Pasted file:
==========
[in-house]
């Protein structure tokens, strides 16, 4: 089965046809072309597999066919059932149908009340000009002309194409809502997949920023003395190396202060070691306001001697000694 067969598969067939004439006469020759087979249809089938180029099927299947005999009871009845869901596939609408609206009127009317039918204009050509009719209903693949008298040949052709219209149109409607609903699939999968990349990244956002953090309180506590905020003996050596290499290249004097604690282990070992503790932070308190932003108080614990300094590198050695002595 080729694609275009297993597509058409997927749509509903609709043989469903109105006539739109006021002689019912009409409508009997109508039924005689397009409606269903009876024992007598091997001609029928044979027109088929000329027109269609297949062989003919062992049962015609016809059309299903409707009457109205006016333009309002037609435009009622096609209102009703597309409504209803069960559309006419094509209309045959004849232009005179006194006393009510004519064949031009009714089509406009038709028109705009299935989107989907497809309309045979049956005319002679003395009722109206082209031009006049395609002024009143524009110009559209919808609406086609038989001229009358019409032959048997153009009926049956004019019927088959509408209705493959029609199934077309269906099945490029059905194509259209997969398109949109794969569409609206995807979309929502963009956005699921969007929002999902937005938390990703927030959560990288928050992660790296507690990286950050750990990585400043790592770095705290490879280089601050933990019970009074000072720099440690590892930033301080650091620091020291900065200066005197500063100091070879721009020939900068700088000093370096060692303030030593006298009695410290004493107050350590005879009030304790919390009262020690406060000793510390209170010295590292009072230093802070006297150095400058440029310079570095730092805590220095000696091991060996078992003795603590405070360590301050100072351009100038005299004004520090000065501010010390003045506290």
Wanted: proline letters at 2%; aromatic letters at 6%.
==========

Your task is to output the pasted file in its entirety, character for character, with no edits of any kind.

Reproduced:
[in-house]
């Protein structure tokens, strides 16, 4: 089965046809072309597999066919059932149908009340000009002309194409809502997949920023003395190396202060070691306001001697000694 067969598969067939004439006469020759087979249809089938180029099927299947005999009871009845869901596939609408609206009127009317039918204009050509009719209903693949008298040949052709219209149109409607609903699939999968990349990244956002953090309180506590905020003996050596290499290249004097604690282990070992503790932070308190932003108080614990300094590198050695002595 080729694609275009297993597509058409997927749509509903609709043989469903109105006539739109006021002689019912009409409508009997109508039924005689397009409606269903009876024992007598091997001609029928044979027109088929000329027109269609297949062989003919062992049962015609016809059309299903409707009457109205006016333009309002037609435009009622096609209102009703597309409504209803069960559309006419094509209309045959004849232009005179006194006393009510004519064949031009009714089509406009038709028109705009299935989107989907497809309309045979049956005319002679003395009722109206082209031009006049395609002024009143524009110009559209919808609406086609038989001229009358019409032959048997153009009926049956004019019927088959509408209705493959029609199934077309269906099945490029059905194509259209997969398109949109794969569409609206995807979309929502963009956005699921969007929002999902937005938390990703927030959560990288928050992660790296507690990286950050750990990585400043790592770095705290490879280089601050933990019970009074000072720099440690590892930033301080650091620091020291900065200066005197500063100091070879721009020939900068700088000093370096060692303030030593006298009695410290004493107050350590005879009030304790919390009262020690406060000793510390209170010295590292009072230093802070006297150095400058440029310079570095730092805590220095000696091991060996078992003795603590405070360590301050100072351009100038005299004004520090000065501010010390003045506290």
Wanted: proline letters at 2%; aromatic letters at 6%.